A cylinder is the central part of a reciprocating engine or pump, the space in which a piston travels. Multiple cylinders are commonly arranged side by side in a bank, or engine block, which is typically cast from aluminum or cast iron before receiving precision machine work.
Cylinders may be sleeved (lined with a more rigid metal) or sleeveless (with a wear-resistant coating such as Nikasil). A sleeveless engine may also be called a “patent-bore engine.” A cylinder’s displacement, or swept volume, can be calculated by multiplying its cross-sectional area (the square of half the bore by pi ) and again by the distance the piston travels within the cylinder (the stroke).
The engine displacement can be calculated by multiplying the swept volume of one cylinder by the number of cylinders. Presented mathematically,
A piston is seated inside each cylinder by several metal piston rings fitted around its outside surface in machined grooves; typically, two for compressional sealing and one to seal the oil. The rings make near contact with the cylinder walls (sleeved or sleeveless), riding on a thin layer of lubricating oil; essential to keep the engine from seizing and necessitating a cylinder wall’s durable surface.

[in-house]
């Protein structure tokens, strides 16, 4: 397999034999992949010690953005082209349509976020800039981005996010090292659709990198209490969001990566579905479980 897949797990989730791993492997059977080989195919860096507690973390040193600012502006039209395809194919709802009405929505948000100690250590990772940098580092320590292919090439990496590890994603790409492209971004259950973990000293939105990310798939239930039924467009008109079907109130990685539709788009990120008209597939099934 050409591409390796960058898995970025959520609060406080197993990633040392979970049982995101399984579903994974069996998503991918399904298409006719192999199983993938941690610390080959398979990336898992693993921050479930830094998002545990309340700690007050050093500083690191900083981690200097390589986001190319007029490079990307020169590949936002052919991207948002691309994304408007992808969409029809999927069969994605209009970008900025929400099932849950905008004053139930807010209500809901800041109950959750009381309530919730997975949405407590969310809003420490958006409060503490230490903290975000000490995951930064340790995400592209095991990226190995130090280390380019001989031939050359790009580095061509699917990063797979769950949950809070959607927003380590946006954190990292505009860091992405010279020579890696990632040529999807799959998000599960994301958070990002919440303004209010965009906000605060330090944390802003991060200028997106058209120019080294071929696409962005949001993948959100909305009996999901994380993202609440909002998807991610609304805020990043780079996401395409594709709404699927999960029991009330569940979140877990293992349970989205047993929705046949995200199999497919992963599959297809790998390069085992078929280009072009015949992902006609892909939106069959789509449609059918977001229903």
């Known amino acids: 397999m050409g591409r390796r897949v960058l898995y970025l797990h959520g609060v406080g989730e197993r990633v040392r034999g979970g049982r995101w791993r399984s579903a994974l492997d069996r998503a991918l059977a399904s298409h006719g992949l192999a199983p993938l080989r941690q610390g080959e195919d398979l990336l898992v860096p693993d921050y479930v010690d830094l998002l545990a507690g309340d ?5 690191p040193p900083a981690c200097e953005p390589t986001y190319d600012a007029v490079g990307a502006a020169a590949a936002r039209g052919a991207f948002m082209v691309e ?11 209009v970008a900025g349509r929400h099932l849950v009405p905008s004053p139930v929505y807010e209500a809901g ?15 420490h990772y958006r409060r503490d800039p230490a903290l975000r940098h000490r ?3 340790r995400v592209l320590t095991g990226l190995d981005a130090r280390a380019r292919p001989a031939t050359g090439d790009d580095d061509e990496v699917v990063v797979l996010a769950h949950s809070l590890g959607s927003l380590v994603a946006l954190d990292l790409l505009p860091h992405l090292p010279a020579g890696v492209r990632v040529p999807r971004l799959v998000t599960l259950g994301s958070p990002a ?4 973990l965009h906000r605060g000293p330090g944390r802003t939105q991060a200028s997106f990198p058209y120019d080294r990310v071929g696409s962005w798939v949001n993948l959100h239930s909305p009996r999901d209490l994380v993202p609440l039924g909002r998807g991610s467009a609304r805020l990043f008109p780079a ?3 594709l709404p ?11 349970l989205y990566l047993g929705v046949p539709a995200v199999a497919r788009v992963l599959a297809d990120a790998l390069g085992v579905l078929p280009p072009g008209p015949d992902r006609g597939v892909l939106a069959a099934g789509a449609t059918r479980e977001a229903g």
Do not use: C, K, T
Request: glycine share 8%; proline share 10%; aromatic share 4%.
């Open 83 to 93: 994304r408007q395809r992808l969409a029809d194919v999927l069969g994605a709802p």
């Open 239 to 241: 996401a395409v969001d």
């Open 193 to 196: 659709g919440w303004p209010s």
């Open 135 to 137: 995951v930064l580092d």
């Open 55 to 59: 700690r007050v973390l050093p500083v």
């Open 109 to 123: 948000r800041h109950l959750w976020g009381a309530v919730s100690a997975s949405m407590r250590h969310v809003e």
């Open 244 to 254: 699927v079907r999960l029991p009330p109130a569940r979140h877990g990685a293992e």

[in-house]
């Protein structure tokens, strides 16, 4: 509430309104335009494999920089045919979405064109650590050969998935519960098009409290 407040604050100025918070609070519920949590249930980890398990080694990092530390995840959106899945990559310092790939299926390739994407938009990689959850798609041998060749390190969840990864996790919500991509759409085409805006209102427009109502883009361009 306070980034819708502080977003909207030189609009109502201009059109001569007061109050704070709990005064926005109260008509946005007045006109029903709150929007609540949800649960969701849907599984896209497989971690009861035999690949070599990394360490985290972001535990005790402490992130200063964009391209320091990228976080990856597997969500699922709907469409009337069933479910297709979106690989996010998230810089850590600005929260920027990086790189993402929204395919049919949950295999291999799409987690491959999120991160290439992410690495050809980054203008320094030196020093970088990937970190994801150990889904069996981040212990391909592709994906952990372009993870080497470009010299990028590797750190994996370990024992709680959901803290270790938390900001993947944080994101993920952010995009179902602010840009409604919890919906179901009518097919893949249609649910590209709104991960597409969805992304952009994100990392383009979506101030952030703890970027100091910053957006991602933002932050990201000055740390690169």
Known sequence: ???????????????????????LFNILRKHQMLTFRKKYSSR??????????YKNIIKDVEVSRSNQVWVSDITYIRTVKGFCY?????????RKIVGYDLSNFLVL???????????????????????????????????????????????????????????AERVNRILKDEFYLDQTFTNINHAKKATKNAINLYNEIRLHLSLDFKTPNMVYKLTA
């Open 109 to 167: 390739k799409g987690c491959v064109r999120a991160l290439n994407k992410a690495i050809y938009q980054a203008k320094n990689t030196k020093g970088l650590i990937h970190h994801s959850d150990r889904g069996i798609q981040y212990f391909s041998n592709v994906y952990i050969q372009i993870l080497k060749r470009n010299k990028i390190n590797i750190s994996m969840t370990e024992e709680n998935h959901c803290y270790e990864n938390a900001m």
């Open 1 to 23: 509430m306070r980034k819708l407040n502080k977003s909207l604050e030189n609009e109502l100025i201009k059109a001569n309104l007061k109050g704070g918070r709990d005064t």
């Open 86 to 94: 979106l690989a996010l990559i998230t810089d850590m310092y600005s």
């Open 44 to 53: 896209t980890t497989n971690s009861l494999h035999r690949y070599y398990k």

During the earliest stage of an engine’s life, its initial breaking-in or running-in period, slight irregularities in the metals are encouraged to gradually form congruent grooves by avoiding extreme operating conditions.
Later in its life, after mechanical wear has increased the spacing between the piston and the cylinder (with a consequent decrease in power output), the cylinders may be machined to a slightly larger diameter to receive new sleeves (where applicable) and piston rings, a process sometimes known as reboring.